When recently ogling some antique pocket knives at a local flea market, I noticed the inlaid shield in the handle. I remember thinking, “Given how many of these things were made, there’s no way they carved each one of these inlays by hand.” As it turns out, I was right! Before the CNC milling machine, before the electric rotary tool, and before the router, there was the parser drill.
Capable of drilling a hole in just about any shape (including ones with sharp corners), the parser drill is a perfect example of the quirky ingenuity of craftspeople from the past. It consists of four main pieces: the iron template, the parser, the breastplate, and the bow. While it sounds like a complicated setup, the tool allowed a variety of shapes to be routed out of wood, bone, or ivory with precise repeatability.
To use the parser, the leather strap of the bow is twisted around the wooden bobbin and the point on the back of the parser is inserted into the breastplate (which is fastened around the user’s midriff). Then the template is clamped to the material, and the cutting bits of the parser’s legs are inserted into the template. By leaning against the parser and moving the bow back and forth, the bits would spin around inside the template and cut into the material. Since the tip of the parser is split, the cutting bits spring against the inside edges of the template, carving the exact shape into the material.
Unfortunately, it seems that this tool has mostly passed out of use and is now more likely to be found in a museum than a workshop. Even if you did want one, it’s pretty unlikely that you’d even be able to find one for sale. Like many antique tools, though, it’s simple enough that you could make your own!
Thanks to jewelry-maker Peter McBride, the parser may have another life yet. On his website, he describes how he made his own parser drill from an old industrial hacksaw blade, and even shares his successes (and failures!) in using it. He also goes a step further and shares a method for punching the shapes to be inlayed out of metal, rather than cutting each one individually. With these methods for rapidly making both the metal inlay and the routed hole, you can imagine how the craftspeople of the past turned out consistent and beautiful work without a CNC machine or even a single powered tool.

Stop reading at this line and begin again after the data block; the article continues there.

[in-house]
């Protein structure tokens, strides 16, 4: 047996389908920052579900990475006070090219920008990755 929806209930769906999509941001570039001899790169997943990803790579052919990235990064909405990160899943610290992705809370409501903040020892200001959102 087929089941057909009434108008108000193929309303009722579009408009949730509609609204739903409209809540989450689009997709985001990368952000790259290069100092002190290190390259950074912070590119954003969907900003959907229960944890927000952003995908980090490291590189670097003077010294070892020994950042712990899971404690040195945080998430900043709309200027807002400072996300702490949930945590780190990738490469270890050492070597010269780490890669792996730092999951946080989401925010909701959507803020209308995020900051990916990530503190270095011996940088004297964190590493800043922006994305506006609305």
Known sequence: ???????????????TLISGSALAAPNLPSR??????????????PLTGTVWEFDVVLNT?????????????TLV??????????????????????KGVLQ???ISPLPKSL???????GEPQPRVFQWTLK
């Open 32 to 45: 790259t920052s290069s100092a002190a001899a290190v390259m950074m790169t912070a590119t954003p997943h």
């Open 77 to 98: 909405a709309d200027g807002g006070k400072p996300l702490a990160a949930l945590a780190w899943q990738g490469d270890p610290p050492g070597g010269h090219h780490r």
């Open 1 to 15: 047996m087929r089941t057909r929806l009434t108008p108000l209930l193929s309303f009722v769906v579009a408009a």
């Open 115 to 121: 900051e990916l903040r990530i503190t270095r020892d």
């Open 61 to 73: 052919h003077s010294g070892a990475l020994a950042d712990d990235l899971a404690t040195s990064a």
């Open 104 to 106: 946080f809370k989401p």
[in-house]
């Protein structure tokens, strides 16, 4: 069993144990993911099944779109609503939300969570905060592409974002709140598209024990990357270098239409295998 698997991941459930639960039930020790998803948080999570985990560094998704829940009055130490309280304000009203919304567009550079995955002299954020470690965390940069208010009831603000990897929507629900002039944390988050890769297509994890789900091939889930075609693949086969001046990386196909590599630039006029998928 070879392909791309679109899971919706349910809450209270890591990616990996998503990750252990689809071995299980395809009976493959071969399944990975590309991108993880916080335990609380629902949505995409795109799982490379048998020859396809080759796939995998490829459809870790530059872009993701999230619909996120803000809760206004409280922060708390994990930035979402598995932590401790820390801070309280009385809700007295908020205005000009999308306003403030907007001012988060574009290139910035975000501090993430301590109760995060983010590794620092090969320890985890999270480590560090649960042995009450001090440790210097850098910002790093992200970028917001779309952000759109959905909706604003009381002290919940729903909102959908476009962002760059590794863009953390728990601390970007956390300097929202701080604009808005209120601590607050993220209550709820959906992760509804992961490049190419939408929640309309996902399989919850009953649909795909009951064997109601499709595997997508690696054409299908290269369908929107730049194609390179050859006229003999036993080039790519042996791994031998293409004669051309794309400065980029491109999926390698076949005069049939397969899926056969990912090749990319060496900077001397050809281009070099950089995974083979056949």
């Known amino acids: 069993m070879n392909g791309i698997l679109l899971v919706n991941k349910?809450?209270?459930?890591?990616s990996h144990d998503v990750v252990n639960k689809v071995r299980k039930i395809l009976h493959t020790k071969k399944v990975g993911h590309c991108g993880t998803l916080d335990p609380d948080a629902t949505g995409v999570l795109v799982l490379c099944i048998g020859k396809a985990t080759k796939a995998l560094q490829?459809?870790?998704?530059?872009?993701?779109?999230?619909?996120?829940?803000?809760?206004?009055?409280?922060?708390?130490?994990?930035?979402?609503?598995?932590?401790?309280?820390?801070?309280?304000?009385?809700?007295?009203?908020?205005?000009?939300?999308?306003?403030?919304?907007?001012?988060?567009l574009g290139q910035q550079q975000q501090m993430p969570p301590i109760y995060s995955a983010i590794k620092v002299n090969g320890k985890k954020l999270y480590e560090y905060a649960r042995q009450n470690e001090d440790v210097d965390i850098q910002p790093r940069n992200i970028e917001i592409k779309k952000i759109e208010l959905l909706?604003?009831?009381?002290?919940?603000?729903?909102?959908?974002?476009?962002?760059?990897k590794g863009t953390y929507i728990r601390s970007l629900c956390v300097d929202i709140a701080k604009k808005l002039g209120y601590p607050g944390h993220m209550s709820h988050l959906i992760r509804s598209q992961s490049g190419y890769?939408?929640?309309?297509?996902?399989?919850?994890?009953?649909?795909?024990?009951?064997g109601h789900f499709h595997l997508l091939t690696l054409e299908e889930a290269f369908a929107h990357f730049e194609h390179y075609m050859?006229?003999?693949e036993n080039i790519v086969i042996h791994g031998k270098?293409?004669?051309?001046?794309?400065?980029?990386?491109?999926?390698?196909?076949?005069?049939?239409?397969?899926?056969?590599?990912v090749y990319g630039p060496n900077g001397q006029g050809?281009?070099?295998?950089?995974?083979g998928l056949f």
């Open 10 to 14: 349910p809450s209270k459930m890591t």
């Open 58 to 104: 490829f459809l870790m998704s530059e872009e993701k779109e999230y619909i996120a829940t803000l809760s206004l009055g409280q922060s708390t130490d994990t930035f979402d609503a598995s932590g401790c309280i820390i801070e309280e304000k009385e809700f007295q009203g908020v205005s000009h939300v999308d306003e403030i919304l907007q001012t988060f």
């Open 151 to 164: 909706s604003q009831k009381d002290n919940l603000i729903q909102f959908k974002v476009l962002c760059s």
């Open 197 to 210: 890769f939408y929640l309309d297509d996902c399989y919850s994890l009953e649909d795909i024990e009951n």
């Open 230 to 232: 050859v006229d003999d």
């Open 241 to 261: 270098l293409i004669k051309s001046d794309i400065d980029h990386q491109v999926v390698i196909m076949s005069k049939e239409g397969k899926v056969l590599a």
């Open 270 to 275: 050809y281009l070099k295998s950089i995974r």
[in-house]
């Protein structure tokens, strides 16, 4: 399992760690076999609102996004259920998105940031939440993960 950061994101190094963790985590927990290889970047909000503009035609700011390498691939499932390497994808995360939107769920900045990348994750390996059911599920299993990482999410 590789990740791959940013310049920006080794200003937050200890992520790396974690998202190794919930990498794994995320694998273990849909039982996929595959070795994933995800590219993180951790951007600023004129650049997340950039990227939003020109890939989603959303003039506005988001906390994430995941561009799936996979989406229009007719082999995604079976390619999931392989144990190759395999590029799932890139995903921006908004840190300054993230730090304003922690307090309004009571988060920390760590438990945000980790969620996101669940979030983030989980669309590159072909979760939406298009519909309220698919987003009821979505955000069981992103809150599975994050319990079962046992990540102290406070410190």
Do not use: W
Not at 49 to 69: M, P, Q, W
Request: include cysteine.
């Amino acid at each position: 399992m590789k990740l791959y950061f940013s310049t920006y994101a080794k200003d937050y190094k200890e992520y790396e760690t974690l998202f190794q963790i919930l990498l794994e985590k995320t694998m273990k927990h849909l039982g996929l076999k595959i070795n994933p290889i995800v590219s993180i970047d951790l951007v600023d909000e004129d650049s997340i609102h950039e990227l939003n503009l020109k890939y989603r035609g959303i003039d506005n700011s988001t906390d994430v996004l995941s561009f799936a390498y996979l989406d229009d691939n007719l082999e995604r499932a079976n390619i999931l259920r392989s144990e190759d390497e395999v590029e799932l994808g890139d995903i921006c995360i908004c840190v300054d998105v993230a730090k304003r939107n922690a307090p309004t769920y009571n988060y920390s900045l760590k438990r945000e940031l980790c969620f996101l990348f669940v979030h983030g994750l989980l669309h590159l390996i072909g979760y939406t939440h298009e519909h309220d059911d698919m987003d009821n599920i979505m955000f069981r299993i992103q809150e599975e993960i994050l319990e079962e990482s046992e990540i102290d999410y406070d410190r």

If you’re doing your own research on parser drills, you should know that it also may be called a passer drill, two-legged parser, shielding parser, or a bifurcated bit drill. Probably ,the first place to start your research would be the WKFineTools article about the Forgotten Art of the Two-Legged Parser. The legendary Roy Underhill also used a parser drill in one episode of The Woodwright’s Shop.
5 thoughts on “Definitely not Boring: Old Tech Drills Any-Shaped Hole”
Isn’t it called a “Passer” drill, not a “Parser” drill?
“If you’re doing your own research on parser drills, you should know that
it also may be called a passer drill, two-legged parser, shielding
parser, or a bifurcated bit drill.”
wow, so ingenious!
I love it when folks today are brought up with a ’round turn’ when they find that the current generation isn’t always the best and smartest and that their forebears were quite the geniuses for making do with the limited resources at their disposal.
Is there any way to move the text to the right? Trying to read your articles on an iPad is not a pleasant experience with those social media icons covering the text.
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